'Collapse' in home-ownership among young adults on middle incomes, study finds

'Collapse' in home-ownership among young adults on middle incomes, study finds

For almost 90 per cent of 25 to 34-year-olds, average house prices in their region are more than four times their annual after-tax household income and for almost 40 per cent house prices are more than 10 times their income.

The falls in homeownership have been sharpest for young adults with middle incomes. Those born in the 1970s were nearly as likely as their peers on higher wages to have bought their own home during young adulthood.

An IFS statement says: "This increase in house prices relative to family incomes fully explains the fall in homeownership for young adults".

Just 27 per cent of middle-income adults aged between 25 and 34 owned a home in 2016, down from 65 per cent among the same age group in the mid-Nineties, the Institute for Fiscal Studies has found.

"The reason for this is that house prices have risen around seven times faster in real terms than the incomes of young adults over the last two decades".

The myth fewer millennials own homes than previous generations because they prefer a nomadic lifestyle has been quashed by new research, which has suggested young people on middle incomes are less than half as likely to own their own home than previous generations at the same age.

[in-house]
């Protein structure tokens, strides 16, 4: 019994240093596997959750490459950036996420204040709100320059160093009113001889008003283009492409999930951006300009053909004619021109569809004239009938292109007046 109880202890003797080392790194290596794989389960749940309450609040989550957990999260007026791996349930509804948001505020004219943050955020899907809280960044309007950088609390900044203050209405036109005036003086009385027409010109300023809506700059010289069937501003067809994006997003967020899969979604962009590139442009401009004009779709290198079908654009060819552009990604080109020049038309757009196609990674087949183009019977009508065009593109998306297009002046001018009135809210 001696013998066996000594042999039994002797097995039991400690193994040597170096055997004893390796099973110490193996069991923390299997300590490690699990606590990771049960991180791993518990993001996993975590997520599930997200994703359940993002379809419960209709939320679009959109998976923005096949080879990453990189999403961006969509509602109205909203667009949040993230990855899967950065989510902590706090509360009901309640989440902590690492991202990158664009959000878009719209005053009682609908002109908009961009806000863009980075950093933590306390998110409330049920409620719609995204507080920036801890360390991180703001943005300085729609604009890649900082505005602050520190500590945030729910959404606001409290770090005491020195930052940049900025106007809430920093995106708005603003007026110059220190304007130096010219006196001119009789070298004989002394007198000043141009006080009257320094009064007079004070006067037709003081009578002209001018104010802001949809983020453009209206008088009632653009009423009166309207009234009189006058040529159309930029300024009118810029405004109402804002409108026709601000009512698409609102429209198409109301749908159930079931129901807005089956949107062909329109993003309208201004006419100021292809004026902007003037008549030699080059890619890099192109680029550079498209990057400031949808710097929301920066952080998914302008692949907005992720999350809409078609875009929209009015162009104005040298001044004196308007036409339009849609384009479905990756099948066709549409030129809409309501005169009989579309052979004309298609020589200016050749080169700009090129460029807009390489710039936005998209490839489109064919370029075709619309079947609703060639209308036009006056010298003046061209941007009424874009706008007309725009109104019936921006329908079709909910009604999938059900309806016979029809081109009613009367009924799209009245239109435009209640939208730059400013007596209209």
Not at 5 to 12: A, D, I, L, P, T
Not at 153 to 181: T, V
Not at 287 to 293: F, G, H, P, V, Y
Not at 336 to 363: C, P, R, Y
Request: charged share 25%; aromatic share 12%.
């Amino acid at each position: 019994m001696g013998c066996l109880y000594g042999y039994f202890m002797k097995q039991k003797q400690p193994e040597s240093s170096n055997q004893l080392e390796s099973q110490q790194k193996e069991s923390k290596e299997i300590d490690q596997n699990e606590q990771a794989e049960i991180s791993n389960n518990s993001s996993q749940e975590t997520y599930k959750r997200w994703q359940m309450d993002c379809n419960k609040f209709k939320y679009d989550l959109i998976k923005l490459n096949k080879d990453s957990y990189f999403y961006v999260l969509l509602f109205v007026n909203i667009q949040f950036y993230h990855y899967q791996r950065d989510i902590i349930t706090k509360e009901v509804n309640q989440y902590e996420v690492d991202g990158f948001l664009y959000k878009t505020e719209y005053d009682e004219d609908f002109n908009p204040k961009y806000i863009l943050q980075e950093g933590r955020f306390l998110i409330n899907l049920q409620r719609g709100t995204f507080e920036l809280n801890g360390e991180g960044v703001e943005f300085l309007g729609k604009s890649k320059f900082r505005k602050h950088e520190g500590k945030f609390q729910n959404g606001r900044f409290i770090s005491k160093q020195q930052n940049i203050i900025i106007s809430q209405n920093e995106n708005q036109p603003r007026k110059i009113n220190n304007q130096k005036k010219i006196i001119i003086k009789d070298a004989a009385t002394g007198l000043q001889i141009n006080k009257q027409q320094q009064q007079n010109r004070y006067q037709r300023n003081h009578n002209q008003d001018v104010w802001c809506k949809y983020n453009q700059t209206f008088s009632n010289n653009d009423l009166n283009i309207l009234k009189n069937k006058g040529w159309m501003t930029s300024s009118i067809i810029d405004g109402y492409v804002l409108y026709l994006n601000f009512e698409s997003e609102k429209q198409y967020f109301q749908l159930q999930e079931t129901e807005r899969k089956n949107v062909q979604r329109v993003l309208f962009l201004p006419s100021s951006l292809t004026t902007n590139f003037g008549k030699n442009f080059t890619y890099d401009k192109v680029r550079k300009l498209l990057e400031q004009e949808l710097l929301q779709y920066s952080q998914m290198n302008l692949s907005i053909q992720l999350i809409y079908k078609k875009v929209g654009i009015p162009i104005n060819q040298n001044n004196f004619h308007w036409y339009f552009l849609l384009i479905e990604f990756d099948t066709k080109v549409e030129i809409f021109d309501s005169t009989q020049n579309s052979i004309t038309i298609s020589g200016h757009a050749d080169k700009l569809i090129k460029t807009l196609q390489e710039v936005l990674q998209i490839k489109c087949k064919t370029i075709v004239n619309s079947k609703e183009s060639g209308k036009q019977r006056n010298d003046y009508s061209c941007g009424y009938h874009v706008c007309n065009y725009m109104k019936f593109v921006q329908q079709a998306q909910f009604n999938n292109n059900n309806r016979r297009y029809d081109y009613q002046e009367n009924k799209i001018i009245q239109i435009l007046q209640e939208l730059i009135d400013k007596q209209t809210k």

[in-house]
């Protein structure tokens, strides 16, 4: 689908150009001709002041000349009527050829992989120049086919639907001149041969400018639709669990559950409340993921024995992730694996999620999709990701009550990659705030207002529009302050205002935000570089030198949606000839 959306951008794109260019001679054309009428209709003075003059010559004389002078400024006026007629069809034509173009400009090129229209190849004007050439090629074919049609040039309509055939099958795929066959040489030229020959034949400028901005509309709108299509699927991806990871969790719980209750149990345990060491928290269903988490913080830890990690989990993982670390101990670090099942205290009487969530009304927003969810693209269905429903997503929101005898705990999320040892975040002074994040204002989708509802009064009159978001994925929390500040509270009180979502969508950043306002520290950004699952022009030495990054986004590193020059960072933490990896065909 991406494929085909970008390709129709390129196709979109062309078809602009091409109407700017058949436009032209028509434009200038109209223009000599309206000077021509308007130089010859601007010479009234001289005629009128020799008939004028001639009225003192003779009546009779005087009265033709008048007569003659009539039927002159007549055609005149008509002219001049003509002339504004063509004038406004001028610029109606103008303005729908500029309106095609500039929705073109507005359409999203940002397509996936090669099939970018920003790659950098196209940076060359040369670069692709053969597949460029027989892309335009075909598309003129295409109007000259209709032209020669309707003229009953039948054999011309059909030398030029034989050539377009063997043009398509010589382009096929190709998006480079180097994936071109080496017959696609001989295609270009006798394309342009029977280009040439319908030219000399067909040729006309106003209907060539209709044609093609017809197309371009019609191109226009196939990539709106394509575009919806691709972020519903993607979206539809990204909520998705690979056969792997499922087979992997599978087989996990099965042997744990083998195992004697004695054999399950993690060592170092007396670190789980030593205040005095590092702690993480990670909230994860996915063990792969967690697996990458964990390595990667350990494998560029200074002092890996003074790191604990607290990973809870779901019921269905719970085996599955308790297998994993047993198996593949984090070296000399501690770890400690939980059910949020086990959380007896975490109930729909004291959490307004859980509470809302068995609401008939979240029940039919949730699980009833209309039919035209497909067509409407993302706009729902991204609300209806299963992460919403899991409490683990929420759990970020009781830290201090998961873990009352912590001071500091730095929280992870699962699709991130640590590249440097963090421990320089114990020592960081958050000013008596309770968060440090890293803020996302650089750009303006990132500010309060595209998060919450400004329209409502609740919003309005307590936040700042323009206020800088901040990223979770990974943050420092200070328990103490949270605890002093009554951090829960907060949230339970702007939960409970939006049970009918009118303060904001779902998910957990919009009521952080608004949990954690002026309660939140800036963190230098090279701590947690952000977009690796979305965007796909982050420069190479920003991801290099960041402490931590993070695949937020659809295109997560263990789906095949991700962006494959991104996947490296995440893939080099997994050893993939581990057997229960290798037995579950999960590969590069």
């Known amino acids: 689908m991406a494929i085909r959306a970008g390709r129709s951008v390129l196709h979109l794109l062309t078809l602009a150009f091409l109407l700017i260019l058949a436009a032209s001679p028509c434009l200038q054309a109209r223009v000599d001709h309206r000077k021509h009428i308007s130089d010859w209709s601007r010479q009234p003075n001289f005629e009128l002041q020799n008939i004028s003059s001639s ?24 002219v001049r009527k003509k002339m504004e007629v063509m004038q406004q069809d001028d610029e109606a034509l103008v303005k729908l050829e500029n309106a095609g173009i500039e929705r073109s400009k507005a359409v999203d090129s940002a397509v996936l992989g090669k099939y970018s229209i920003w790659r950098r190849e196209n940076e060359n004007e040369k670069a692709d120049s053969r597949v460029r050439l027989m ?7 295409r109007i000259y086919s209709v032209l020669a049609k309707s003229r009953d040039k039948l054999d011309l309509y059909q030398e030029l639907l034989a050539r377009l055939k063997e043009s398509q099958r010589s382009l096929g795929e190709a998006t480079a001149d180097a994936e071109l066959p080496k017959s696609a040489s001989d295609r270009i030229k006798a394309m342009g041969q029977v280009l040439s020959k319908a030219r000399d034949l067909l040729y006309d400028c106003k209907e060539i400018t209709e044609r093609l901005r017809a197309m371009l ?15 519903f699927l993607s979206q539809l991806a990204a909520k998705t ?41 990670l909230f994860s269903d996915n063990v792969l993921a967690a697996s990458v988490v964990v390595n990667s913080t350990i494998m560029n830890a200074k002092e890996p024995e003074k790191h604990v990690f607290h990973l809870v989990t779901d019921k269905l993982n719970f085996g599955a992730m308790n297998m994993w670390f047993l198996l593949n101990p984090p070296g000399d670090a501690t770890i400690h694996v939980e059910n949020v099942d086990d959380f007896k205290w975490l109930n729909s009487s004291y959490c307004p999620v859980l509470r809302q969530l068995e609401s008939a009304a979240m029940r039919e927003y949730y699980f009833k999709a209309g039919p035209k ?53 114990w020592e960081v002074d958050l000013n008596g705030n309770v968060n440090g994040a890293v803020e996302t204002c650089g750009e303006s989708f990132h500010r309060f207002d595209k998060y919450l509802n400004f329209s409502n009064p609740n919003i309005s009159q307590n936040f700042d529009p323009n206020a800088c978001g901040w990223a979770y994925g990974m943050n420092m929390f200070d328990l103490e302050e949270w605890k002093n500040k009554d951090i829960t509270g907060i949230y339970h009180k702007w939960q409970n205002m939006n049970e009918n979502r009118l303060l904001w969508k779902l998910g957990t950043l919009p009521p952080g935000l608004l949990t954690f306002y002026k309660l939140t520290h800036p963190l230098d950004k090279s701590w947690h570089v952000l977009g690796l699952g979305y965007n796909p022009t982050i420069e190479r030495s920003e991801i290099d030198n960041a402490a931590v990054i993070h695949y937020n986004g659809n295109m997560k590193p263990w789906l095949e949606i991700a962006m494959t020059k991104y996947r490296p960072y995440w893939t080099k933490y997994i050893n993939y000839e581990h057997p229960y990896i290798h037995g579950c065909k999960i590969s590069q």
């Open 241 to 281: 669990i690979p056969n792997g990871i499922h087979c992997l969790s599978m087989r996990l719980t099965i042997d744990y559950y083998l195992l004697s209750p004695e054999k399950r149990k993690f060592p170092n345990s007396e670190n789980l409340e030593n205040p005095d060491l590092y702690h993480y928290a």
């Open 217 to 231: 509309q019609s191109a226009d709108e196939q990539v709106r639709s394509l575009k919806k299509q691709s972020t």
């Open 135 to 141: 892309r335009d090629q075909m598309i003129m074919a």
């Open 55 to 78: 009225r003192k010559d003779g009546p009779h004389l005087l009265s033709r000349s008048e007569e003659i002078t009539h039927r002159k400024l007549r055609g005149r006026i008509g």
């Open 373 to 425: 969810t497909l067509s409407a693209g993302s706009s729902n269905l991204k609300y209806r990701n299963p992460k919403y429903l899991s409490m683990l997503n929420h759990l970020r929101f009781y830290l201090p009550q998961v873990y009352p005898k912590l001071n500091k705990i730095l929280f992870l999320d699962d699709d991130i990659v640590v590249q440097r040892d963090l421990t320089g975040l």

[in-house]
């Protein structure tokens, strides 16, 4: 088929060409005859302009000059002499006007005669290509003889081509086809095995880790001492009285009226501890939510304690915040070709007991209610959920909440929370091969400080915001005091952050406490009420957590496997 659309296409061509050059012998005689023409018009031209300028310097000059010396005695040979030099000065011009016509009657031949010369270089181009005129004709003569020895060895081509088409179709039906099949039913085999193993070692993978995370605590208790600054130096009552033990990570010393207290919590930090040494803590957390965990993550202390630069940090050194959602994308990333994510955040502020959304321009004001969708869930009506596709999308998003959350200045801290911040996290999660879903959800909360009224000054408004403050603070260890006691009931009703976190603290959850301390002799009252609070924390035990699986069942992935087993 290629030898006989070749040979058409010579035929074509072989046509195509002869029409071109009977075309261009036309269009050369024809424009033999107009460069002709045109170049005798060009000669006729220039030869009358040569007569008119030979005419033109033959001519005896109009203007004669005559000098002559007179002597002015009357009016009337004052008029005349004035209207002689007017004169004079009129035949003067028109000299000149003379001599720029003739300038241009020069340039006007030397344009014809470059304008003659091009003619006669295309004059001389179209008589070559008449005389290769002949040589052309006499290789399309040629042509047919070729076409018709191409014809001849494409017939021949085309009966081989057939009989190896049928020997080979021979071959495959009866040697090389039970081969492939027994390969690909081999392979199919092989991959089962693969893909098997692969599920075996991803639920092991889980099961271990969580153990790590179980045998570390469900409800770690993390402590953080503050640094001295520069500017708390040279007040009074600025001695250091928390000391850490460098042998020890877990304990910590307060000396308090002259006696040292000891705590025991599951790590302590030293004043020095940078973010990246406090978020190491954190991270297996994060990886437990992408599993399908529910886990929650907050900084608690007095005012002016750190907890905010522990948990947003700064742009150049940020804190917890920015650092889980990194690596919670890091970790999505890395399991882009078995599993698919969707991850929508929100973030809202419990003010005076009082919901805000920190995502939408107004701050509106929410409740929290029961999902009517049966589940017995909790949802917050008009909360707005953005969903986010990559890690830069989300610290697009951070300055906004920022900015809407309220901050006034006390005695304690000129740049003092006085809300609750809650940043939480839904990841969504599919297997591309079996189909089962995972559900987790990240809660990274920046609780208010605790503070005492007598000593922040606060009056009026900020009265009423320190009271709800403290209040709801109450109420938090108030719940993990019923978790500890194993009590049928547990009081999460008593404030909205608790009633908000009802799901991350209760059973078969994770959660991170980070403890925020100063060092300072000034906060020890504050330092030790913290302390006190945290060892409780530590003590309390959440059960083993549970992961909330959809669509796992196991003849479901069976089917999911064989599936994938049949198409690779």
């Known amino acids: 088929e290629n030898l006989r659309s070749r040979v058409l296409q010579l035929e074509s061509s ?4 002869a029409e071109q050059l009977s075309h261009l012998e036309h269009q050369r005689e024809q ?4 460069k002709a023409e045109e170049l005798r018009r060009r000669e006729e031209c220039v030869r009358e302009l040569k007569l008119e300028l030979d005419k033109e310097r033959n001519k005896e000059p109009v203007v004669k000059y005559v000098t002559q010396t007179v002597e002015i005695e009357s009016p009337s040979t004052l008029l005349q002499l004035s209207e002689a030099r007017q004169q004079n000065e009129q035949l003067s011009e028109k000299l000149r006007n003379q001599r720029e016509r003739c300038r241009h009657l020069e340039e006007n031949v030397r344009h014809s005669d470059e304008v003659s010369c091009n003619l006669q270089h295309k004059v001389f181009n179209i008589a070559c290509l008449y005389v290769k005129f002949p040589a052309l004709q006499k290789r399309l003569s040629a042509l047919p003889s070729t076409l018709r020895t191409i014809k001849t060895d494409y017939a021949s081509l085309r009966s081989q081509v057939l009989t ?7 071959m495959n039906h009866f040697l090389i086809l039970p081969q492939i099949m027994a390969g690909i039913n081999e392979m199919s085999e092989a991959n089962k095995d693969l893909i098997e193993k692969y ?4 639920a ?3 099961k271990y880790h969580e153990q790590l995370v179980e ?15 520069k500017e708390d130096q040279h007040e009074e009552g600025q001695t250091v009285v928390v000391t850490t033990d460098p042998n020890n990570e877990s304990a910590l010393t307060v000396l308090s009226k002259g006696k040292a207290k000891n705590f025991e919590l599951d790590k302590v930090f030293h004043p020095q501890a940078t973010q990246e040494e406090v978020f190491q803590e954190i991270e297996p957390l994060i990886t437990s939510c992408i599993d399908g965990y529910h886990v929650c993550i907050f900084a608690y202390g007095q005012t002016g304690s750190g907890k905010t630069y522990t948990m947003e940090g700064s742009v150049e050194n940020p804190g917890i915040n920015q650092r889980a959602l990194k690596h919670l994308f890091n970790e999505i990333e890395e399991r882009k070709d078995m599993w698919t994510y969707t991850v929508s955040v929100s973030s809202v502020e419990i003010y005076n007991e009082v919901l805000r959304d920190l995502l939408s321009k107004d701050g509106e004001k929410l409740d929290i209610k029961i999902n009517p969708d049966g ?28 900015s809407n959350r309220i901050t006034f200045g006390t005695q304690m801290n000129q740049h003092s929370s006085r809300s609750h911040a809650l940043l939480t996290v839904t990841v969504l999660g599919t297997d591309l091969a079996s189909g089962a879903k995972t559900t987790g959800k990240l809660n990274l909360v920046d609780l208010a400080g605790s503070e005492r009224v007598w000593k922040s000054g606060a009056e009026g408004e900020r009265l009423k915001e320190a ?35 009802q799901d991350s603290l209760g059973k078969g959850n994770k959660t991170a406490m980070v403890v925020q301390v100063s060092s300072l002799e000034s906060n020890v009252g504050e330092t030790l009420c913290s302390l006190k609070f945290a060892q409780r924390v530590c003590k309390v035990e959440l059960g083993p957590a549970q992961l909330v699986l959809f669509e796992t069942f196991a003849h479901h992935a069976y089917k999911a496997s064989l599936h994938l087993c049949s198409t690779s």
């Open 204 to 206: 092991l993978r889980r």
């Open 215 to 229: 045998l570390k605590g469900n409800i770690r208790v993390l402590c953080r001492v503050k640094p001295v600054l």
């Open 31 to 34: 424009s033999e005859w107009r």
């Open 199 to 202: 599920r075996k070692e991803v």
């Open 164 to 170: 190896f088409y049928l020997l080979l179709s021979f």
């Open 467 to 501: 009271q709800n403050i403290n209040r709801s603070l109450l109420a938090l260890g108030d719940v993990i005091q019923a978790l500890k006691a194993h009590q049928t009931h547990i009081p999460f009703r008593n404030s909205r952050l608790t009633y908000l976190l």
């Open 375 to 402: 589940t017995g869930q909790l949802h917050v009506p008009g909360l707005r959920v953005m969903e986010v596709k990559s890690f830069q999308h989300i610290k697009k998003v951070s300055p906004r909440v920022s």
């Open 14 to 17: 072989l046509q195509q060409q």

The average cost of a home across the country was £227,000 in December, which is £12,000 more than at the same point a year earlier.

Young adults from more advantaged backgrounds are significantly more likely to own their own home, the IFS said.

The government abolished stamp duty for the majority of first-time buyers but was widely criticised after the independent Office for Budget Responsibility warned it would push up house prices, benefiting those who already owned homes.

IFS senior research fellow Andrew Hood said: "For those on middle incomes, their chances of owning their own home have fallen from 2 in 3 in the mid-1990s to just 1 in 4 today".

The IFS study also comes as UK Finance figures showed that first-time buyer (FTB) numbers past year reached the highest number since 2006, with 365,000 people getting on to the property ladder. Young peoples' incomes are now much lower relative to average house prices.

But Labour's Shadow Housing Secretary John Healey blasted the Government's response.

Many first-time buyers are priced out of areas like London, where the average cost of a home has soared to £484,000.

She said: "The dramatic shift in the housing market for first time buyers is brought to light with a shocking 38% drop over a 20 year period".